3 May 2015

Grande Mosquée de Paris ~ The Paris Mosque




After our walk through the Latin Quarter, and a stop at a café for a glass of wine, we continued our walk through the 5e arrondissement, ending up at the Grande Mosquée de Paris. No wine here I'm afraid.

As is the case at Jewish sites, there was a police presence with sub-machine gun toting patrols walking the sidewalks around the mosque.











The mosque was built in 1926 in gratitude to Islamic members of France's colonial empire, of whom over 100,000 died fighting for France in the First World War.








The mosque, and its 26 metre high minaret, was built in a art deco Moorish sort of style. There was a sense of calm and openness as we strolled through the mosque and I can imagine it being an oasis from the heat and humidity of Paris in the summertime.









During World War II, when France was occupied by Nazi Germany, the rector of the day provided the mosque as secret refuge for Algerian and European Jews. The rector, and his congregants, provided shelter, safe passage and Muslim birth certificates to the Jews to protect them from persecution.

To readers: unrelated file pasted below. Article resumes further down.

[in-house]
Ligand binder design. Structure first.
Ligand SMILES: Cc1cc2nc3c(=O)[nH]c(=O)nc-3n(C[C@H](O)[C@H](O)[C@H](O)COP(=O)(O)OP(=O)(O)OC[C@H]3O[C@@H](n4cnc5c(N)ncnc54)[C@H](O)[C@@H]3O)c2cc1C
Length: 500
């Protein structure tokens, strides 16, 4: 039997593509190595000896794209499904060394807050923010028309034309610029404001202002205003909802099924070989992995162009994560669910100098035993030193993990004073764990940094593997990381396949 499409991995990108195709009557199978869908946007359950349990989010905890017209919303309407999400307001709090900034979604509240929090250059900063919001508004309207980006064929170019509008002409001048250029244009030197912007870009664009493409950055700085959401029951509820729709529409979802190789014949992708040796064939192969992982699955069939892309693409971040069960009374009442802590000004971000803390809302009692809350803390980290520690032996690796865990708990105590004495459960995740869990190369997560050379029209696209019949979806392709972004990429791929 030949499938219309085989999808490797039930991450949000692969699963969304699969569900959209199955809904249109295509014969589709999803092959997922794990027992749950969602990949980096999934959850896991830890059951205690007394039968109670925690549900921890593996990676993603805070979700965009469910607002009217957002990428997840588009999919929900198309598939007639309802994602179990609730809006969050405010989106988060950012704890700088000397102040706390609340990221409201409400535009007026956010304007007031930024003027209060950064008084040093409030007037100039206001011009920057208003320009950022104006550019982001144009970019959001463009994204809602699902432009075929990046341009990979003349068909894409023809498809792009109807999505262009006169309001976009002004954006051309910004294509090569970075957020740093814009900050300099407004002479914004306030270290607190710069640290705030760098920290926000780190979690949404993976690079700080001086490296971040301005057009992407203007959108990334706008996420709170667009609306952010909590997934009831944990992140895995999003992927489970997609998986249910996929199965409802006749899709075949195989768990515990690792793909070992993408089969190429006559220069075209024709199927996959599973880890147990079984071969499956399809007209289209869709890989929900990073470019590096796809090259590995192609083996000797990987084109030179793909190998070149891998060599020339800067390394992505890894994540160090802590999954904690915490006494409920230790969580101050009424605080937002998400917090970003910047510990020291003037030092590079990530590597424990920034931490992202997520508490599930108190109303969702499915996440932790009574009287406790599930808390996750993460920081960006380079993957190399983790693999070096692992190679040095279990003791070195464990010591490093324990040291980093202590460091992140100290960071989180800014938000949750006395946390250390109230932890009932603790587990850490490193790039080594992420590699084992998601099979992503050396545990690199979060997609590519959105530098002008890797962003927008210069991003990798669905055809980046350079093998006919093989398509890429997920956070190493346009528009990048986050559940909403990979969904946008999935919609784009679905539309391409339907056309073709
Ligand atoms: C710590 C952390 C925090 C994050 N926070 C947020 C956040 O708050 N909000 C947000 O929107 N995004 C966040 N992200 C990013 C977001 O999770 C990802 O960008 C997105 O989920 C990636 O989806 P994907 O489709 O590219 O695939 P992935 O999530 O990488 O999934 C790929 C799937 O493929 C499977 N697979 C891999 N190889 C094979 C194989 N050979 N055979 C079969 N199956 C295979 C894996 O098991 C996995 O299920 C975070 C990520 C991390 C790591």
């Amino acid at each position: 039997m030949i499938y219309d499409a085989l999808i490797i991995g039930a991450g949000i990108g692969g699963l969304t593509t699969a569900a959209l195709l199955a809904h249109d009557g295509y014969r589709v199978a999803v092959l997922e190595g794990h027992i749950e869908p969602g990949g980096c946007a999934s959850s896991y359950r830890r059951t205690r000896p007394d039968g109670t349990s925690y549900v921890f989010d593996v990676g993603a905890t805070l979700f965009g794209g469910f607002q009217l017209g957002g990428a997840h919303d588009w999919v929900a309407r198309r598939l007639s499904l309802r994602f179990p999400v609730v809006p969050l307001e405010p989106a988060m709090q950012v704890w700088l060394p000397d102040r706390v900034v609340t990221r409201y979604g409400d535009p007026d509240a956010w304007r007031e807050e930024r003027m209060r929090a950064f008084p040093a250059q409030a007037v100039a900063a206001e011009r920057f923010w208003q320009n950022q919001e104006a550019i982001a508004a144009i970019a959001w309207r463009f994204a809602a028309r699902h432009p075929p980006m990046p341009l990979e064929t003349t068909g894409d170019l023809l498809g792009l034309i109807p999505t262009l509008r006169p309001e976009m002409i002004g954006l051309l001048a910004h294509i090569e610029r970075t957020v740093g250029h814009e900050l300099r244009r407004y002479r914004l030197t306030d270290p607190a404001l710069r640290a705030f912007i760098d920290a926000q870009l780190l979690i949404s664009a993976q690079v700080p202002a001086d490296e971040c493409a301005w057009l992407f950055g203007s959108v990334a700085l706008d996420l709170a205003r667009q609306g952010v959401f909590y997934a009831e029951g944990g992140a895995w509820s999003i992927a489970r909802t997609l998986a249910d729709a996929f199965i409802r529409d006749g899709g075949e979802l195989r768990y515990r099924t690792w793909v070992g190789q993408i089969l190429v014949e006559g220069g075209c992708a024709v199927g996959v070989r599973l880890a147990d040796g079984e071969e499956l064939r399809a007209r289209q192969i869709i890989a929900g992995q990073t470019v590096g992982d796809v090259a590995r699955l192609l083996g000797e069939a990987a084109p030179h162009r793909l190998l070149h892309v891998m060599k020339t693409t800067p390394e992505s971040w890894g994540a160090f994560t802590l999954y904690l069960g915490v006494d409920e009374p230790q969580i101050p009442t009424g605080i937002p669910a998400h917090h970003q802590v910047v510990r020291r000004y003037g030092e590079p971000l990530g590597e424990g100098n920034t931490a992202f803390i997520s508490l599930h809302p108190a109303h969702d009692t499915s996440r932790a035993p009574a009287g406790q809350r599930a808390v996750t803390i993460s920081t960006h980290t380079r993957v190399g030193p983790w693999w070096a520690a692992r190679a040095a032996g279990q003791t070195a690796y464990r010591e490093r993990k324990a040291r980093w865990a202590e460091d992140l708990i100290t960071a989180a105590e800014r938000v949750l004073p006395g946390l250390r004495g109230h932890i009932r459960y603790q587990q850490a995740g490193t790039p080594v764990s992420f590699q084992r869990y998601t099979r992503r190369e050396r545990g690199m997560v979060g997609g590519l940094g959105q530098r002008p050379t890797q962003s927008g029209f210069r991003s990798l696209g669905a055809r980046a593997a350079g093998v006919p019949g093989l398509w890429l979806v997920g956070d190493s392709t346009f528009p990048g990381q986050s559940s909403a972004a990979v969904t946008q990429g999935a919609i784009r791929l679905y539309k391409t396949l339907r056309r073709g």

The complex includes a tearoom and a restaurant, where we had a late lunch of generous portions at reasonable prices. We both had tajines, lamb for Sherry and a chicken-olive concoction for Jeem. (tajine is a North African stew dish named after the earthenware pot in which it is cooked).







Another feature of the mosque is the hamman, a traditional Turkish-style bathhouse, where one can bathe, obviously, and have various scrubs and massages (men and women on different days of course). In hindsight, a better idea might have been to come here for the hamman and then a visit to the tearoom for tea and pastries. After all this walking, a hamman might be just the right thing. Then again, there is that minor problem of different days for different people. Maybe I'm missing something?

Photos by Jim Murray. Copyright 2015.

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